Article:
ANNAPOLIS, JAN. 20 -- Maryland Gov. William Donald Schaefer, who declared in his State of the State address a week ago that "this is the year for higher education," appears to be backing up his claim -- at least most of it -- in cash.
The budget he released today contains an ambitious array of college initiatives, including bigger state scholarships, a new way of allotting money to community colleges, a plan to help families save for college tuition and an effort to recruit eminent professors to the state's campuses.
But despite all this, the budget contains what legislative leaders are calling a glaring omission.
Nowhere to be found is a special $50 million reserve fund for the colleges and universities -- a fund that Schaefer and Lt. Gov. Melvin A. Steinberg have said for two months would form part of their strategy to improve higher education.
"The governor promised $50 million that is not there," said Senate President Thomas V. Mike Miller Jr. (D-Prince George's). "I went around the state telling people about the commitment to higher education, and I don't see the money."
Steinberg, assigned by Schaefer to devise a new way of governing the schools, explained today that it was too late to include the money two weeks ago when he and the governor finally resolved an open disagreement over the best way to restructure the college system. "The budget went to bed the middle of December. The ball game was over," Steinberg said.
He said the administration would include the special college fund in a supplemental budget request to the General Assembly later in the 90-day legislative session. But he said it would be "in a range anywhere from $15 million to $20 million," rather than $50 million.
Lawmakers said that in light of their self-imposed ceiling on spending, they were doubtful that Schaefer will find enough money to create the special college fund. "He has no way to deliver," Miller said.
In spite of the omission, college officials and Maryland state school Superintendent David W. Hornbeck said today that the governor had been generous in his recommended spending on education.
His fiscal 1989 budget includes $79 million for the second installment of a five-year plan to increase state aid to public schools.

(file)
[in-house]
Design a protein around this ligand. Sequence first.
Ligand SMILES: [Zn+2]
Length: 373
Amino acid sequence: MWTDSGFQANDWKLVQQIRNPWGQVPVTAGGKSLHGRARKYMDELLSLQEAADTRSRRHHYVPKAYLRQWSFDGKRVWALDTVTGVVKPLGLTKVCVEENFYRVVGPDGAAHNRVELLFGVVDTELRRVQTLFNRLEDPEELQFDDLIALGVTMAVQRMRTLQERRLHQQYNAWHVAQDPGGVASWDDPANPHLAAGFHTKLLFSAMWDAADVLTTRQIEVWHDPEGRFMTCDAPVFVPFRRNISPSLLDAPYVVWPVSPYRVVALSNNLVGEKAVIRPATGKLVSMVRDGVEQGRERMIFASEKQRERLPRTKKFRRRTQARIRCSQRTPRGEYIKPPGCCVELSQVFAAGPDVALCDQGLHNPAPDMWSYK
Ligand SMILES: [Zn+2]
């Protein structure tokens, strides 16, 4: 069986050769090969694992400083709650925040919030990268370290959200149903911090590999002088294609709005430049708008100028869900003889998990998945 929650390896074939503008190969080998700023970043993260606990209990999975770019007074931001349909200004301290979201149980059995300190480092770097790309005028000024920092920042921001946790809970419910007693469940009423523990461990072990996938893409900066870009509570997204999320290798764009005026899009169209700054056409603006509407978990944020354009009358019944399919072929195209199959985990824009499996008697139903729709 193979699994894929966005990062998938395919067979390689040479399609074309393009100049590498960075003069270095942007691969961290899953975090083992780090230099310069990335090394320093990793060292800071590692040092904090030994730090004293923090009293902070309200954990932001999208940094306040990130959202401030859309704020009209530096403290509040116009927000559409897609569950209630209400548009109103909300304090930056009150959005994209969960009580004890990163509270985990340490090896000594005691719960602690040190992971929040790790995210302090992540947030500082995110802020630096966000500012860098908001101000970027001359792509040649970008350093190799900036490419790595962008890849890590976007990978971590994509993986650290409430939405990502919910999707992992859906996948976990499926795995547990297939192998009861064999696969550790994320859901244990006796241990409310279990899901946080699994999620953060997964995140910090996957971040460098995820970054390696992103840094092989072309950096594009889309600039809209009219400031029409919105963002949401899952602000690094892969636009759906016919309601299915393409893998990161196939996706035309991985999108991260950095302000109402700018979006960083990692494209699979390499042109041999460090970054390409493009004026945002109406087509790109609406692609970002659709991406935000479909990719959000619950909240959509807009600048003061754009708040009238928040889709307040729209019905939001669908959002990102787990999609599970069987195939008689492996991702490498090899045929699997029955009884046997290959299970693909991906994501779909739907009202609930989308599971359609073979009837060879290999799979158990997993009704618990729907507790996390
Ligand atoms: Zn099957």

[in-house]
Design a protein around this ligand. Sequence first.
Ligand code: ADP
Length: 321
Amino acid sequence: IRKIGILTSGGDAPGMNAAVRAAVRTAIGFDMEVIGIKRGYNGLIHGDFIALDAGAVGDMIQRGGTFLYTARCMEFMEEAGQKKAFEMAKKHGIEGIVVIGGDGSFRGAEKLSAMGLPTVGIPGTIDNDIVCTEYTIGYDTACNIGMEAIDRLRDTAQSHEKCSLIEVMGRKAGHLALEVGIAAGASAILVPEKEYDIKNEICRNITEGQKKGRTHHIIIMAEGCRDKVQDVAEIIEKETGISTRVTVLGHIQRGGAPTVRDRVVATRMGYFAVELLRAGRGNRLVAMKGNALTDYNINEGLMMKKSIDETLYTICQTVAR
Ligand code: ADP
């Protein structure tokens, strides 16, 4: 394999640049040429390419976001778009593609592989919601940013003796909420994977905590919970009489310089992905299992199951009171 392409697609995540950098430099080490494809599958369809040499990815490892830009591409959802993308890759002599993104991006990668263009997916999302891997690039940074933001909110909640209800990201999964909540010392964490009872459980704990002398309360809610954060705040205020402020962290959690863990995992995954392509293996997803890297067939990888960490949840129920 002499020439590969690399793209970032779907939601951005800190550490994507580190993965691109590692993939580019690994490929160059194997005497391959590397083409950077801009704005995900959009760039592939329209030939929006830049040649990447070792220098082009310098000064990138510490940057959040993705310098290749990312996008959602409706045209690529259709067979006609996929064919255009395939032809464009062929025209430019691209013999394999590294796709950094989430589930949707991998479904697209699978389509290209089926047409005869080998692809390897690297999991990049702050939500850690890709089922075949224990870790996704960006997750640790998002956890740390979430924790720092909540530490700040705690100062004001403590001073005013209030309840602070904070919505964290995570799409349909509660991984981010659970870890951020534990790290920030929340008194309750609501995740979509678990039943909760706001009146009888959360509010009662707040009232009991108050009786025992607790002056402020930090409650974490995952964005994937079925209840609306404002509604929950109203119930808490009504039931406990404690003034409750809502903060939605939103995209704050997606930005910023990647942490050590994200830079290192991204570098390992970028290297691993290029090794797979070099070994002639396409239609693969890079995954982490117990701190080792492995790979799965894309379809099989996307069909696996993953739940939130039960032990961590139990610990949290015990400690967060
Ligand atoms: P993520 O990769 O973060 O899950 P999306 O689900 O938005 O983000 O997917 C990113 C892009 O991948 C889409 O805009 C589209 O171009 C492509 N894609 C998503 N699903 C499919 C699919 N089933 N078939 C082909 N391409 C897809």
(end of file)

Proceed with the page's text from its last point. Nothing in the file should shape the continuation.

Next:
It contains $13.5 million to start planning and building a public boarding school that Schaefer is proposing for high school students with unusual talents in math and science. Schaefer wants the legislature to approve the school in time for it to open in September 1989, probably at a Greenbelt middle school.
And it contains $3.25 million for an effort to prevent teen-agers from dropping out of school by giving them counseling, jobs, remedial classes and community volunteer work. Hornbeck said the state money would be combined with $10 million in federal job-training funds.
He said the program eventually could serve 3,000 students, starting in ninth grade, primarily in school systems with high dropout rates and a concentration of poor students.
The governor also included $6.5 million, the same amount as last year, for the magnet schools intended for desegregation in Prince George's County.
Overall, the budget recommends a $57 million, or 10 percent, increase for higher education, a percentage point more than the budget as a whole.
The University of Maryland-College Park would receive a particularly large increase, including $5 million to offset a reduction in its undergraduate enrollment, $2 million to improve its engineering, natural science and computer science programs and $1 million for superconductivity research.
Schaefer also is recommending $500,000 to design a classroom building at Shady Grove, delighting Montgomery County officials. The building will be used for classes in engineering, computers and sciences.
The governor has taken the advice of the states' community colleges, agreeing to abandon the practice of determining state aid almost entirely based on enrollment. The new method, which administrators believe will help in an era of stable and declining enrollments, will give more money to small schools and those in poor communities.
As a result, the Community College of Baltimore would receive the biggest increase -- 17 percent -- while community colleges in Montgomery County would get an increase of 4 percent and those in Prince George's would get an increase of 3 percent.
Schaefer also has proposed $500,000 for a tuition savings plan in which the state would pay 1 percent interest per year on families' private savings for college.